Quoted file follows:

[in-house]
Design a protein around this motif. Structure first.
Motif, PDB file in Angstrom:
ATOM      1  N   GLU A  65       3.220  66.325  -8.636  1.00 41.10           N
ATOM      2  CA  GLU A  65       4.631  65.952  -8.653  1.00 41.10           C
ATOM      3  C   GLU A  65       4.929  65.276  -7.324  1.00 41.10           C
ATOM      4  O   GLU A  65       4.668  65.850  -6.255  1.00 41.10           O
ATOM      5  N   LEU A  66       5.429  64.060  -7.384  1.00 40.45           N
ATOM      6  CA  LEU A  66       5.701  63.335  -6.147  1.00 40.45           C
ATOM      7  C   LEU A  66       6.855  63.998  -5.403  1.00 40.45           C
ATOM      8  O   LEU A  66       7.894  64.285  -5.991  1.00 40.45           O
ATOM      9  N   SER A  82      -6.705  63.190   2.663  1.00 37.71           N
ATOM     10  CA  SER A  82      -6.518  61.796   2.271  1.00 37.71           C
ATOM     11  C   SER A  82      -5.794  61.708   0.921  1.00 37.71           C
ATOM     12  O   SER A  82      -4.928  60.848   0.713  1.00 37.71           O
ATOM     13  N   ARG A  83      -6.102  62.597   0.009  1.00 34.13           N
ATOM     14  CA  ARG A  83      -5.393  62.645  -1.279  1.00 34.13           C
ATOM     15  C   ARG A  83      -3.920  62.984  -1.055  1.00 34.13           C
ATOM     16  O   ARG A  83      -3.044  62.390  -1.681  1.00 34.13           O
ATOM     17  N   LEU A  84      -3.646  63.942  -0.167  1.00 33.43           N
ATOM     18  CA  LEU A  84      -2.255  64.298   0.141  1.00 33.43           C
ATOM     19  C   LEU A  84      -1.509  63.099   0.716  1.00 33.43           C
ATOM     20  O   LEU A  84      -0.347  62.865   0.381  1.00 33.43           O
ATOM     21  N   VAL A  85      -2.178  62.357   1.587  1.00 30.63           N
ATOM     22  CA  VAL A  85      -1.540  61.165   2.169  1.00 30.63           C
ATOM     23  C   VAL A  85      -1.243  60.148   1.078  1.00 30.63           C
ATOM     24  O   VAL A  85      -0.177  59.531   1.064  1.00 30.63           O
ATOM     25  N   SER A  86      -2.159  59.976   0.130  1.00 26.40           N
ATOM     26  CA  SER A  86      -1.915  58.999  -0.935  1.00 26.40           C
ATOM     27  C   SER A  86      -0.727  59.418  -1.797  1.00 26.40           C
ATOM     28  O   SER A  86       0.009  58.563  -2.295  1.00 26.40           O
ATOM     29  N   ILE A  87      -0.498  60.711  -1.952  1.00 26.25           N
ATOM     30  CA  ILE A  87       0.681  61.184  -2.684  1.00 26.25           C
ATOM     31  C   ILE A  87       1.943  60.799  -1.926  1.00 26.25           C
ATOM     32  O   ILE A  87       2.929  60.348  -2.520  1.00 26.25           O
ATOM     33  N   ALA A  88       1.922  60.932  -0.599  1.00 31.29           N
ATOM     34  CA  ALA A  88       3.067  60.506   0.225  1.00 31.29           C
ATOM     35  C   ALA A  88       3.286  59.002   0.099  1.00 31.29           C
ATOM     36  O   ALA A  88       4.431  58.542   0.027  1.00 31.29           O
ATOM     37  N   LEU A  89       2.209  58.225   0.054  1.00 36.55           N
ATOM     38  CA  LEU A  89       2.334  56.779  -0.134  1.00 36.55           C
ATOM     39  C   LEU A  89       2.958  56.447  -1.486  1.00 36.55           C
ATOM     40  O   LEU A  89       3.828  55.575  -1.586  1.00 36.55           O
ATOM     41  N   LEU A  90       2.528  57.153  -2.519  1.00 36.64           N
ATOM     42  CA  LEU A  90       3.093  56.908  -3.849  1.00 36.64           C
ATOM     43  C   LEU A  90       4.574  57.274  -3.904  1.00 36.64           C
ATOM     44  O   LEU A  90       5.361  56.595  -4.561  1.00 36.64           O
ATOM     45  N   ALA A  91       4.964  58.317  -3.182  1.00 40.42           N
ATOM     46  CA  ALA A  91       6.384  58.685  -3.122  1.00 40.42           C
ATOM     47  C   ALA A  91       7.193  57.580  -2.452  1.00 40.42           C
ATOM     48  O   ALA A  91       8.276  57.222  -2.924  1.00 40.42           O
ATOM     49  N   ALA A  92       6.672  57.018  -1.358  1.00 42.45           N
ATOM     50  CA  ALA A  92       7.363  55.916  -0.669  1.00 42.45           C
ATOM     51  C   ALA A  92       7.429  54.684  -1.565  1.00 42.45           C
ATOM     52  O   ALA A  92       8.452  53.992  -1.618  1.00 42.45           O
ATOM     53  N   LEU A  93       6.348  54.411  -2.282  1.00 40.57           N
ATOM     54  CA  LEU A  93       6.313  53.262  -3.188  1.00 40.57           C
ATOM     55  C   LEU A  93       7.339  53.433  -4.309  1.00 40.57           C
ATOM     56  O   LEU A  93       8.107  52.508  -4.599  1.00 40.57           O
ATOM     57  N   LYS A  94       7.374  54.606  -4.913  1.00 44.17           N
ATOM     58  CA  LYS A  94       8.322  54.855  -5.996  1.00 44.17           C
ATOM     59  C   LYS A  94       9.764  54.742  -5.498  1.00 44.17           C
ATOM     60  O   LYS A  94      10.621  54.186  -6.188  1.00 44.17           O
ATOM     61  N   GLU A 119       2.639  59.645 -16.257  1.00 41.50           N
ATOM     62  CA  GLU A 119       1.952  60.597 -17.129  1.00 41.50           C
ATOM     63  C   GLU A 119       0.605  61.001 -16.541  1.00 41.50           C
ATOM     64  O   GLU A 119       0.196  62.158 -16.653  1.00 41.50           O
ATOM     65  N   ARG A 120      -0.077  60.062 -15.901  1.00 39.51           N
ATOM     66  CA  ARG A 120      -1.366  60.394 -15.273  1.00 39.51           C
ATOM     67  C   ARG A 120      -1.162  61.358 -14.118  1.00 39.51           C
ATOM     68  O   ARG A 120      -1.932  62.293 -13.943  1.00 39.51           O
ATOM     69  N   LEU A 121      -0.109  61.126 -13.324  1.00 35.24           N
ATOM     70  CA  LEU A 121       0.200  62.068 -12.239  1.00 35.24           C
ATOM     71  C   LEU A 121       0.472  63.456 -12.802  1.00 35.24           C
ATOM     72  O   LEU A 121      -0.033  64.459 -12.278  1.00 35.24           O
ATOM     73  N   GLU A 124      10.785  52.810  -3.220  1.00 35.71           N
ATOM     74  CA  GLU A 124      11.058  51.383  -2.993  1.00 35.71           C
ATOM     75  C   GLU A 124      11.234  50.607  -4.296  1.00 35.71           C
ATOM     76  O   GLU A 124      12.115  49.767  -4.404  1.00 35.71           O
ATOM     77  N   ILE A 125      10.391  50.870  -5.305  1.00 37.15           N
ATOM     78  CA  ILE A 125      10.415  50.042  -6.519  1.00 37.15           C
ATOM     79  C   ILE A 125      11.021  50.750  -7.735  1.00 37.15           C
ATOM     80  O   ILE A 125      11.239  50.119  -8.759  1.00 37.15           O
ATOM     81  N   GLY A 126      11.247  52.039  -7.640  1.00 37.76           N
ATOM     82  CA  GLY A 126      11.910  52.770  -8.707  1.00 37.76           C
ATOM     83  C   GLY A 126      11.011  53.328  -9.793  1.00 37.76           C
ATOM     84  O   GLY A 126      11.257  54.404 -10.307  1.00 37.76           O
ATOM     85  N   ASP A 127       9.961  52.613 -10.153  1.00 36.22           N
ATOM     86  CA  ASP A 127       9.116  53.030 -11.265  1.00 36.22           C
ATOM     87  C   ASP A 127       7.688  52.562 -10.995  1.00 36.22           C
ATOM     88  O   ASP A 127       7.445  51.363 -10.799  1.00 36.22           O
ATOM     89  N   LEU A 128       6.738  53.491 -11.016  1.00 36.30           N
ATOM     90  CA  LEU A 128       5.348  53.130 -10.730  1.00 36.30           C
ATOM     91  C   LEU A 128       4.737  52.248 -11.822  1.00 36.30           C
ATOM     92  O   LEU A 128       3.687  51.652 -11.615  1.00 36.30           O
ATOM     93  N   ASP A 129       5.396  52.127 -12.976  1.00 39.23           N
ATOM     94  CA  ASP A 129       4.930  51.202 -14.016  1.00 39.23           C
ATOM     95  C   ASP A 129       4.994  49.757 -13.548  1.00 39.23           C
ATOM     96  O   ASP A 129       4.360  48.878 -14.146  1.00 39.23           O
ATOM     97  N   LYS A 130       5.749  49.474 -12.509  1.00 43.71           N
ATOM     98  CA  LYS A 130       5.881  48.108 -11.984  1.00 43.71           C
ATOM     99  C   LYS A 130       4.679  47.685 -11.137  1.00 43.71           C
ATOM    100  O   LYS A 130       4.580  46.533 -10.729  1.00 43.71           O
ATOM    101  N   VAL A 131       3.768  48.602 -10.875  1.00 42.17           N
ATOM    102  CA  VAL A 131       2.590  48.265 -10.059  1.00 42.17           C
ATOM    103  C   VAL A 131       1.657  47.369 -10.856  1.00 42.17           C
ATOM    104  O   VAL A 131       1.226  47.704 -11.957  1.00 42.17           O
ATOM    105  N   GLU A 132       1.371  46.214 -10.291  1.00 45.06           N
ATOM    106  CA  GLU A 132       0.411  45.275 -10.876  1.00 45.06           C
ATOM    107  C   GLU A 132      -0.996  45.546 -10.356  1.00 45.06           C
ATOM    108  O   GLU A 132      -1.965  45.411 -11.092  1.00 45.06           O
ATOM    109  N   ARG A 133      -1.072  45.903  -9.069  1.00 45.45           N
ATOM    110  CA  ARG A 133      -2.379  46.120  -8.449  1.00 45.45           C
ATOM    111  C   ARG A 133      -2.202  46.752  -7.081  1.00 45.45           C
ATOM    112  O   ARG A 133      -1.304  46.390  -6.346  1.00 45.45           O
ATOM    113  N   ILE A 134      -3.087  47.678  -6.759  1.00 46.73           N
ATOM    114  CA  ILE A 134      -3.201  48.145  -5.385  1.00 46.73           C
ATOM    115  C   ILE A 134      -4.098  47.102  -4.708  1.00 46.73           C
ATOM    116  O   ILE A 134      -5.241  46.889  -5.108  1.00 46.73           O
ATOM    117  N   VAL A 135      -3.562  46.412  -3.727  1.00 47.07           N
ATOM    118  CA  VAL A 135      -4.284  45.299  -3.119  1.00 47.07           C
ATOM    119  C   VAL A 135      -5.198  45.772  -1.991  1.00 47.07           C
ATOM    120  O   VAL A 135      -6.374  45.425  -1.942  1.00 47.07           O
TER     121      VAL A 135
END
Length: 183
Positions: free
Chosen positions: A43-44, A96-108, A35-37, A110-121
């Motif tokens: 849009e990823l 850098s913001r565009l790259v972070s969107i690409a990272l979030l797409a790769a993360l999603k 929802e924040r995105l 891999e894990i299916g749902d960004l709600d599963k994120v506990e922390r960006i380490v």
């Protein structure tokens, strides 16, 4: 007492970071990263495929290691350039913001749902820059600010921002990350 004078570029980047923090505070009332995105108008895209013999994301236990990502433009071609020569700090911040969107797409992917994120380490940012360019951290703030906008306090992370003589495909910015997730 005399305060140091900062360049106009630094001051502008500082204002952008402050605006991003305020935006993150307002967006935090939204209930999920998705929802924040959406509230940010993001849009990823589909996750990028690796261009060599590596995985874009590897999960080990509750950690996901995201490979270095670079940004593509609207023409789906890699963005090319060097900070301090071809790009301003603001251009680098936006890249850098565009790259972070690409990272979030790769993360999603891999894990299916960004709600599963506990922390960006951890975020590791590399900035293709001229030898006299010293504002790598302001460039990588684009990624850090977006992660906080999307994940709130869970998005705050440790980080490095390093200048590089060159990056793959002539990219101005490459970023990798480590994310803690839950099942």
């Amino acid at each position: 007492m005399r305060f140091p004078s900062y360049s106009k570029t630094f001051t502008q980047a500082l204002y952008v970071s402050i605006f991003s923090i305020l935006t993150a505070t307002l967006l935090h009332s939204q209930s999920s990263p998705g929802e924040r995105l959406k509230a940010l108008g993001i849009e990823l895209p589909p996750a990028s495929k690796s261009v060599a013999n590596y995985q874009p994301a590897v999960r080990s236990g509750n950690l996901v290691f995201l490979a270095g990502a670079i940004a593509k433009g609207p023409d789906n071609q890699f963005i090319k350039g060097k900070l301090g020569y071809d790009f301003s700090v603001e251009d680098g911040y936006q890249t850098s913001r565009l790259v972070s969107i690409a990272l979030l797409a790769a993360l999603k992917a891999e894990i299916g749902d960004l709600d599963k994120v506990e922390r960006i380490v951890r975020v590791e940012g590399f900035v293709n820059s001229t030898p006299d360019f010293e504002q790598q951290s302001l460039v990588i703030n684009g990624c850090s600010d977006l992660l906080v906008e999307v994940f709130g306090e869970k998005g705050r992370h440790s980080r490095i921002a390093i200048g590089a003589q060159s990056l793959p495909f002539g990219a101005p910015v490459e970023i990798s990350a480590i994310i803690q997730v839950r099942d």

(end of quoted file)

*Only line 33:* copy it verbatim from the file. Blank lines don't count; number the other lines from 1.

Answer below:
ATOM     30  CA  ILE A  87       0.681  61.184  -2.684  1.00 26.25           C